I require all my clients to wear nothing but their undergarments, and the control room is also a steam room. I light lavender scented incense and give them an oily massage before letting them play a note. I have a problem with musicians falling asleep during takes, but it’s no big deal.

Here’s another one for the beginners. If you’re recording in a small room, chamber reverbs with a very low depth setting can make a HUGE difference in wetting up the sound without mudding anything up.


Most important things for new home recordists, in my opinion:

  1. Invest in treating your recording/mixing space to minimize reflections and frequency buildups by putting absorbers, diffusers, and bass traps in your space. Yes, it costs money, but if you don’t have a reliable place to record and listen to playback, you will never get anywhere.

  2. Invest time (but not THAT much money) in solid, quality monitors/speakers. Your home stereo is not the answer for your primary mixing listening (but it is crucial for testing how your work translates to a variety of environments). If you can’t hear what you’re mixing reliably, you will never get anywhere.

These two together are essential.

And once that’s under control, my one mixing tip for people starting out: Put a high-pass filter on EVERYTHING. Virtually all instruments (including human voices) contribute to the very low frequencies, but you do not want those for everything except your kick drum and bass instruments. But high-pass those too! You can always slide it back and work to have it do what you need it to. Those low-mid frequencies are so easy to get wrong (something I have never stopped struggling with) and poor management of those areas will make an otherwise quality mix sound amateur.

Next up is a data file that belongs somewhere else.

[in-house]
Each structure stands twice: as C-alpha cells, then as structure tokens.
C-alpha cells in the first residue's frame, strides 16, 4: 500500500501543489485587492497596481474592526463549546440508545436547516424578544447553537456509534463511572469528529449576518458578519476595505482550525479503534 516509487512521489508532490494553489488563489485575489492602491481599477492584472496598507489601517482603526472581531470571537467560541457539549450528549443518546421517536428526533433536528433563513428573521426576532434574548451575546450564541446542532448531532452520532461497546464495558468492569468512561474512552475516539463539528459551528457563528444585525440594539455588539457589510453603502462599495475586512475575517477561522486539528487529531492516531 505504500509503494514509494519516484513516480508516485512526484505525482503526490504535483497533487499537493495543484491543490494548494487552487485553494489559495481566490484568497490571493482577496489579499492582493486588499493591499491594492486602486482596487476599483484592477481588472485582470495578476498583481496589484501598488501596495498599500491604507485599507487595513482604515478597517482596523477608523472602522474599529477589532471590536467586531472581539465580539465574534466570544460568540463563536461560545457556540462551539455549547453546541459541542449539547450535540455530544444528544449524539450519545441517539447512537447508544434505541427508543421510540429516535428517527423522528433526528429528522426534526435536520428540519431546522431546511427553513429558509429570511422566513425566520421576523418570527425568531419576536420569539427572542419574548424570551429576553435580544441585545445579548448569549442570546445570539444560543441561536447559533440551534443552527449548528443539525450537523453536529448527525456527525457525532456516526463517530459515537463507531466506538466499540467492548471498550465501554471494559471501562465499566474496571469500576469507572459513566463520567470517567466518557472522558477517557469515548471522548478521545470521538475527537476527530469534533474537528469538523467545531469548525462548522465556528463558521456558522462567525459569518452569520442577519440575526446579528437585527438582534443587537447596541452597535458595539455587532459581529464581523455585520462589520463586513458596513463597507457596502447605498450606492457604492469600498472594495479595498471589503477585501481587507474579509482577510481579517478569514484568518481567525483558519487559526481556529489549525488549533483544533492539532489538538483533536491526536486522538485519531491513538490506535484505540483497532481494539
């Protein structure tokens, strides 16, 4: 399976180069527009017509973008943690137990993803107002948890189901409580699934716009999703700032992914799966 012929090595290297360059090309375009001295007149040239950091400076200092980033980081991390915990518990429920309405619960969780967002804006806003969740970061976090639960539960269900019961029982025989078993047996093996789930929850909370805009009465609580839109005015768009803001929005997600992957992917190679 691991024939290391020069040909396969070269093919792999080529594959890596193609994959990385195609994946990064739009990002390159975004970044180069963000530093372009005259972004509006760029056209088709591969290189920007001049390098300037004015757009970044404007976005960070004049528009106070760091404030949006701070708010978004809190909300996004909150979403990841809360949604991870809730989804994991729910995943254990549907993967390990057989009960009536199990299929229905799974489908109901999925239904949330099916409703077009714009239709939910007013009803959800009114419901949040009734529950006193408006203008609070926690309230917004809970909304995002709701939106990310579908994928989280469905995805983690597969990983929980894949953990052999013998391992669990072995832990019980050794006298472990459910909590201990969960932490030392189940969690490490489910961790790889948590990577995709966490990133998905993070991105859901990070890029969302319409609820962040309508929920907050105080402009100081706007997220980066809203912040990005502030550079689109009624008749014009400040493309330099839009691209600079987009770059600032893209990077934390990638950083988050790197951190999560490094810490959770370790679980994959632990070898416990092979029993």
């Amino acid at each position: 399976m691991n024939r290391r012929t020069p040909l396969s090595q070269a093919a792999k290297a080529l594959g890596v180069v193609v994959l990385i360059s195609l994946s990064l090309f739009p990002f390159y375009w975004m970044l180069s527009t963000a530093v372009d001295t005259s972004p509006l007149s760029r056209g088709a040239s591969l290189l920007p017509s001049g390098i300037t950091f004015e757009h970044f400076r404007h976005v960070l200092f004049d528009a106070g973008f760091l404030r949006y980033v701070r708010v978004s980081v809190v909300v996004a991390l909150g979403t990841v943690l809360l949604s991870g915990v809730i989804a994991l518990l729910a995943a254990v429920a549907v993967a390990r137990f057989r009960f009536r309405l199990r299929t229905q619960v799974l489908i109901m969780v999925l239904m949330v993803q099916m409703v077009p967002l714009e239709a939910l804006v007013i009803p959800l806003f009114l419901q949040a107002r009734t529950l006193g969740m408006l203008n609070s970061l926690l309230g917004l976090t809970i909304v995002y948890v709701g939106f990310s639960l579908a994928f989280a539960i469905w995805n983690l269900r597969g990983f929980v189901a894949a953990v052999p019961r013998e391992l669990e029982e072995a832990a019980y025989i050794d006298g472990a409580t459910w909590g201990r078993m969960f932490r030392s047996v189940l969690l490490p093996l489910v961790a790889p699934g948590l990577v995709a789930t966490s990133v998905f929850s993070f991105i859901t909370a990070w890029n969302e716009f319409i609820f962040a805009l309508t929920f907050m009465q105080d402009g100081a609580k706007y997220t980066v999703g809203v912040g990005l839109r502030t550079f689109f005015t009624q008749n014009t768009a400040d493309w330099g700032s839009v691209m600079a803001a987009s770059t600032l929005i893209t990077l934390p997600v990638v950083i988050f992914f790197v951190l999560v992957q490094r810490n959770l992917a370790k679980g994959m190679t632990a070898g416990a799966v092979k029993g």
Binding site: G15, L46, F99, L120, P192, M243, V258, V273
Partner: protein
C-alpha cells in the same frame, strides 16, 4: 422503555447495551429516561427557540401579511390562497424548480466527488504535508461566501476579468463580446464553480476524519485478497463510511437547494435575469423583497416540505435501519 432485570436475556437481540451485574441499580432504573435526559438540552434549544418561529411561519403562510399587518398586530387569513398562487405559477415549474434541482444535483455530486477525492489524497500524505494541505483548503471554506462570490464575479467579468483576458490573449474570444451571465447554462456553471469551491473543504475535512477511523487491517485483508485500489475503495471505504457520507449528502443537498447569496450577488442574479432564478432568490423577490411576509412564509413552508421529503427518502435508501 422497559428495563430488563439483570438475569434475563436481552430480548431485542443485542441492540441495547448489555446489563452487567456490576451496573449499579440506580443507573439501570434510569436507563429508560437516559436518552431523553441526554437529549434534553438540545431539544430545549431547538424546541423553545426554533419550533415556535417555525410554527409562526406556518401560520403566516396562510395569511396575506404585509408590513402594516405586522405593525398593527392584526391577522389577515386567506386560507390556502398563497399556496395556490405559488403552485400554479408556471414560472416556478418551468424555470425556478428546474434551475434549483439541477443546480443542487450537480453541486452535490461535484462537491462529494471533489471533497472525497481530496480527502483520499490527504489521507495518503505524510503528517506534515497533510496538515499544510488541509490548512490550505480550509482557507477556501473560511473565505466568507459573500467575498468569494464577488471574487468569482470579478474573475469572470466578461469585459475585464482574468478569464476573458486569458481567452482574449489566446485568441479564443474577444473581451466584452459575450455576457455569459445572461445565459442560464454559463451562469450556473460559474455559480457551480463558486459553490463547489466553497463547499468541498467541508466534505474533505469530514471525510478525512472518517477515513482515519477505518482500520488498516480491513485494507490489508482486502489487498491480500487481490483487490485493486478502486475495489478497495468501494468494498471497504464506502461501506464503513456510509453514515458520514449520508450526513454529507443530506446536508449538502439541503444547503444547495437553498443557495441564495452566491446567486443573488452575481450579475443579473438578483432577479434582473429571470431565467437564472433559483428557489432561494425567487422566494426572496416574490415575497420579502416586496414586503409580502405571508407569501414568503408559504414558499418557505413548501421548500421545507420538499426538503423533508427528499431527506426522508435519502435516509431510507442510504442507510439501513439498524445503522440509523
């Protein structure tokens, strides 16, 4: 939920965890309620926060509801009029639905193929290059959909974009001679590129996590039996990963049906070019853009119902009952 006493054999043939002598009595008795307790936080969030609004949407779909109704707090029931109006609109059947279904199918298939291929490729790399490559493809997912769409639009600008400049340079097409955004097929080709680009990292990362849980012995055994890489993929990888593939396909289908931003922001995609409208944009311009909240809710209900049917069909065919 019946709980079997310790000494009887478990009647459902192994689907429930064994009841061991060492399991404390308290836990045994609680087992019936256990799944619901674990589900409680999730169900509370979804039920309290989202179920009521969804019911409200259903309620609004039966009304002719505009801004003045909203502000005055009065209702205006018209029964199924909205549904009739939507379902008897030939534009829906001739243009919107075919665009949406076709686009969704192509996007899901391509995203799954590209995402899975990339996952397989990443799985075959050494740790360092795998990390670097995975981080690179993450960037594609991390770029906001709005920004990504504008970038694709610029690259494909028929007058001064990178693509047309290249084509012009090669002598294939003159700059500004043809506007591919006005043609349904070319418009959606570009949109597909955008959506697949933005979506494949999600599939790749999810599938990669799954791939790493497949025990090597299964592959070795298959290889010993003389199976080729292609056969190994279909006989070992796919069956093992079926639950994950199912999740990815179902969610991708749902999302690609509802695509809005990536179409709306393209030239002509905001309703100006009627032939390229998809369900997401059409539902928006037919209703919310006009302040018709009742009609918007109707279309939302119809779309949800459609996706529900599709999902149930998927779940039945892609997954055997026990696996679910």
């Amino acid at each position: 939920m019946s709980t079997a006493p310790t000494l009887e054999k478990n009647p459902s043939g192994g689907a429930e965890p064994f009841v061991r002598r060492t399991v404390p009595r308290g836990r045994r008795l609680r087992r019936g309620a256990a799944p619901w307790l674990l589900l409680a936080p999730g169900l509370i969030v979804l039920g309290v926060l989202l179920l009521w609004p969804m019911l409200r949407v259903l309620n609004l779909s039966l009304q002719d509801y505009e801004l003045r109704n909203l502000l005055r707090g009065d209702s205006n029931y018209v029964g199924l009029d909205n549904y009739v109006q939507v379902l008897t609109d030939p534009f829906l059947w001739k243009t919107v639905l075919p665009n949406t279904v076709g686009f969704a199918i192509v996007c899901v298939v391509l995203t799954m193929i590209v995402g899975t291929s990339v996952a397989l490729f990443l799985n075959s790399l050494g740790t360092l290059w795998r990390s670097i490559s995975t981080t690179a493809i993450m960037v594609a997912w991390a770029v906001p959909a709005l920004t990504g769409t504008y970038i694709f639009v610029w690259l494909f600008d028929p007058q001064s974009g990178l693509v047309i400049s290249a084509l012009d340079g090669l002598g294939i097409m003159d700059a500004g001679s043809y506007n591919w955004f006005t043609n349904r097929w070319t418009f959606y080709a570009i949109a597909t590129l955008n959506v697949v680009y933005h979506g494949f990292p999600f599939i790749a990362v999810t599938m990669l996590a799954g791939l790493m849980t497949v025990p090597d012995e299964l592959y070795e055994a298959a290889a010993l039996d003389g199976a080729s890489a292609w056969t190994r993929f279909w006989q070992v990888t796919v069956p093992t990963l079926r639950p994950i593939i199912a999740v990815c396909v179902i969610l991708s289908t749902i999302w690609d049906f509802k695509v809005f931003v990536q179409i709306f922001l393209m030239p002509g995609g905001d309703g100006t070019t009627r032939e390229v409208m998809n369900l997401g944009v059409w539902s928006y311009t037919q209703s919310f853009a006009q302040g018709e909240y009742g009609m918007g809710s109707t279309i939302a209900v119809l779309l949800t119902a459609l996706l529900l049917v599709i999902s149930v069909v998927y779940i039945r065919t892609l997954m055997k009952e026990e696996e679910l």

Beginner Mixing Series (Tips)

My beginner tips are these:

# Your EARS are your most valuable hardware; your BRAIN is your most valuable software.

  1. Your brain trumps your ears every time – Don’t assume you just haven’t been gifted with golden ears at birth – train you BRAIN and your ears will follow

  2. Take the time to start NOTICING the stuff around you – how it actually SOUNDS – then you might have a shot at reproducing those sensations

  3. Focus on the BIG PICTURE & the things that will matter to the listener – no one cares about your snare sound.

  4. REFERENCE, REFERENCE, REFERENCE! Your loving sonic memories are no match for the brutal truth of your speakers.

  5. Post it on Bash This Recording to get a fresh pespective.

These tips are part of (& sum up) this article I wrote some time ago that is now buried here:

To get the full story, read this ^^

Beginner Mixing Series (Tips)

As someone else mentioned, “get it right at the source”.

Make sure your instruments are in tune and played in time (to the best of your capability).
Play to a click/ metronome.
Especially when you record more than one instrument, it is very important that each part is playing in fairly good synchronicity…Nothing sounds worse than a bunch of instruments all playing at varying times, in different grooves. Timing seems to be the most problematic issue for beginners AND intermediates.


Good one, Chord, but do me (and our new readers a favour. Quickly explain what a High Pass filter DOES.
I always (even after years) have to struggle to remember whether a High Pass allows high frequencies through or stops them. (And the opposite for a Low Pass).
This IS for “beginners”.

Beginner Mixing Series (Tips)

I’ll step in if that’s ok as I’m up and about and CW possibly isn’t - yet.


High pass = low cut and vice versa.

Personally I always use the “cut” language as it suits my way of thinking i.e. you are cutting the unwanted frequencies rather than “allowing” the others to pass… but I think that’s an amateur thing in a way. Pros, AFAIK, speak in terms of high pass/low pass


It really is eye and ear opening how much you can high pass almost everything without thinning things out too much. Let your ears tell you how far you can go, and leave that room for the instruments that need it. This tactic also frees up dynamic range, making it easier to keep things from clipping…


A couple of these tips have more to do with mixing than recording, so I’ll move those over to the mixing thread. Thanks!


Don’t let anyone ever tell you what you’re doing is wrong. Listen to people that tell you what you could do to make it better. You don’t need a bunch of close-minded fundamentalists clouding up your mind with their idea of recording conformity. Those people are boring, and they make boring sounding albums that are churned out daily on a cookie cutter assembly line. Take a risk. The worst thing that could possibly happen would be to try it again.